Cultural Themes in Messages from Top Air Force Leaders, 2005-2008
RAND PROJECT AIR FORCE SANTA MONICA CA
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An organizations senior leadership can create, embed, and transmit an organizations culture. What leaders consistently pay attention to, reward, control, and react to emotionally provides an overarching cultural framework and can signal leaders priorities for the organization. Inconsistent or nonsalient goals from leaders can cause confusion among subordinates and foster the emergence of an abundant set of subcultures within an organization, some of which may undermine organizational priorities. To help the Air Force ensure that the emphasis and content of messages its top senior leaders aim at its personnel reinforce stated cultural goals, RAND researchers conducted this analysis of cultural themes within these communications. The cultural goals of the Air Force leadership included 1. define the organizations purpose and identity for its members 2. promote the Air Forces core values 3. create a shared identity across the Air Force 4. reinforce a sense of value, recognition, and belonging among all Air Force personnel 5. care for the well-being of Airmen. Air Force publications, such as former Secretary of the Air Force Michael Wynnes Air Force Goal Card, expressed these in various forms. RAND assessed the level of consistency of senior leadership messages with these goals, using the set of messages addressed to Air Force personnel by Gen T. Michael Moseley CSAF, September 2005-August 2008, the Honorable Michael W. Wynne SECAF, November 2005-June 2008, and CMSgt Rodney J. McKinley CMSAF, June 2006-present. We used a standard content analysis methodology to analyze the following messages dating from September 2005 to March 2008 Letter to Airmen either from the SECAF or jointly from the SECAF and CSAF, CSAFs Scope, CSAFs Vector, or The Enlisted Perspective from CMSAF.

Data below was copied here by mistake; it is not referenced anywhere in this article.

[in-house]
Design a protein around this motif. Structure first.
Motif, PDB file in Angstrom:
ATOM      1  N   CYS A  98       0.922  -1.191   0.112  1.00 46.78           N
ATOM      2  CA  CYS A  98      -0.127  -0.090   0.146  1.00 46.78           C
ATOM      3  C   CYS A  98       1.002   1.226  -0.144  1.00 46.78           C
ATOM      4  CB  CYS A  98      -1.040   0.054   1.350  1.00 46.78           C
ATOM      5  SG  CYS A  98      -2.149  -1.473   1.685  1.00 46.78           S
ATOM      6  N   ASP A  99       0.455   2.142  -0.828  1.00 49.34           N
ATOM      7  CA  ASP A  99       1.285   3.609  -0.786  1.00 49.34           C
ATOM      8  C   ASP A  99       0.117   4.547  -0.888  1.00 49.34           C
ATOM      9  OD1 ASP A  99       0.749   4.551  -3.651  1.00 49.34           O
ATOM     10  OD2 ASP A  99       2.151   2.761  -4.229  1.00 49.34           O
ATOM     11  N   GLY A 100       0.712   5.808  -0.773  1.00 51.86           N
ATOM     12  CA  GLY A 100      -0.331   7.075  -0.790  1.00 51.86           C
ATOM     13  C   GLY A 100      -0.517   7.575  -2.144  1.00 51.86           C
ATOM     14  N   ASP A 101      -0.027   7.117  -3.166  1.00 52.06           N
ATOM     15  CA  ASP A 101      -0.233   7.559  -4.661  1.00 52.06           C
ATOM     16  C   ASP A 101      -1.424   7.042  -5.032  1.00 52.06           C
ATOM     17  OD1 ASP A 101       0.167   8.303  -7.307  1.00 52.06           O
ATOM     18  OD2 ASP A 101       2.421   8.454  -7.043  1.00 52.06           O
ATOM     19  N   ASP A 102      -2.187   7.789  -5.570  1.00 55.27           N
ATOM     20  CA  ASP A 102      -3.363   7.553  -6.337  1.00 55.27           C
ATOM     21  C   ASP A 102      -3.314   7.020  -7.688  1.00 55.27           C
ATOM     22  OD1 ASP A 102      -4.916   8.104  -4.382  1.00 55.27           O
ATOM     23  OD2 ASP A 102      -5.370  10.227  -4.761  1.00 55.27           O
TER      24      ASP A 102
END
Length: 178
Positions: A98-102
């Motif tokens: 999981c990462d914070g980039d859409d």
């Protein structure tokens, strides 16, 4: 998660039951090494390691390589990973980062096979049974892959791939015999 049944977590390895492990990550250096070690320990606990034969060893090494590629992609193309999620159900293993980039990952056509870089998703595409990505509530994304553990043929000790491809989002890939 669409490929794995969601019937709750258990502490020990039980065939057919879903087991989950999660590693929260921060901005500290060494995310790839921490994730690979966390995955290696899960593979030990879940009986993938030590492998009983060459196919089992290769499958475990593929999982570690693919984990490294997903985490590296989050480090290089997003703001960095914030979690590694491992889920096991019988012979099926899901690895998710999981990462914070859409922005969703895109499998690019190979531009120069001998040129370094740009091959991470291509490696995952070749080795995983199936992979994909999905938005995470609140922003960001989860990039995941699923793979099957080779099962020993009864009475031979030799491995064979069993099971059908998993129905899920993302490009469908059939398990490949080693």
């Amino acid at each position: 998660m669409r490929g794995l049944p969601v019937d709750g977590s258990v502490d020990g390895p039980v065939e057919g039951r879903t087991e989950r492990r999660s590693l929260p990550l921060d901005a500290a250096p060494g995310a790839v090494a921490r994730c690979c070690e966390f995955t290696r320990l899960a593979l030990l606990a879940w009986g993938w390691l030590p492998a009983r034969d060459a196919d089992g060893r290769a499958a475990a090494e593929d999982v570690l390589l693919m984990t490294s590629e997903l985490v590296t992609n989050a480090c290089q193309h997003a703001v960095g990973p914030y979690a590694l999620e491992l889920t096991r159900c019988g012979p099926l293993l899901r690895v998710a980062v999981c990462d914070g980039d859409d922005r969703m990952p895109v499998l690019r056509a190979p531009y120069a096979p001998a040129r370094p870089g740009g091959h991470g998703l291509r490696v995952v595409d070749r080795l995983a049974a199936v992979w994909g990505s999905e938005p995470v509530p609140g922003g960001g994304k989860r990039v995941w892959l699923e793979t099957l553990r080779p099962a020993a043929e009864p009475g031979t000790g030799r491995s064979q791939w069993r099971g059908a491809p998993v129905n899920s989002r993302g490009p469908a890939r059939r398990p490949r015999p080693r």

- Sociology and Law
- Personnel Management and Labor Relations
- Military Forces and Organizations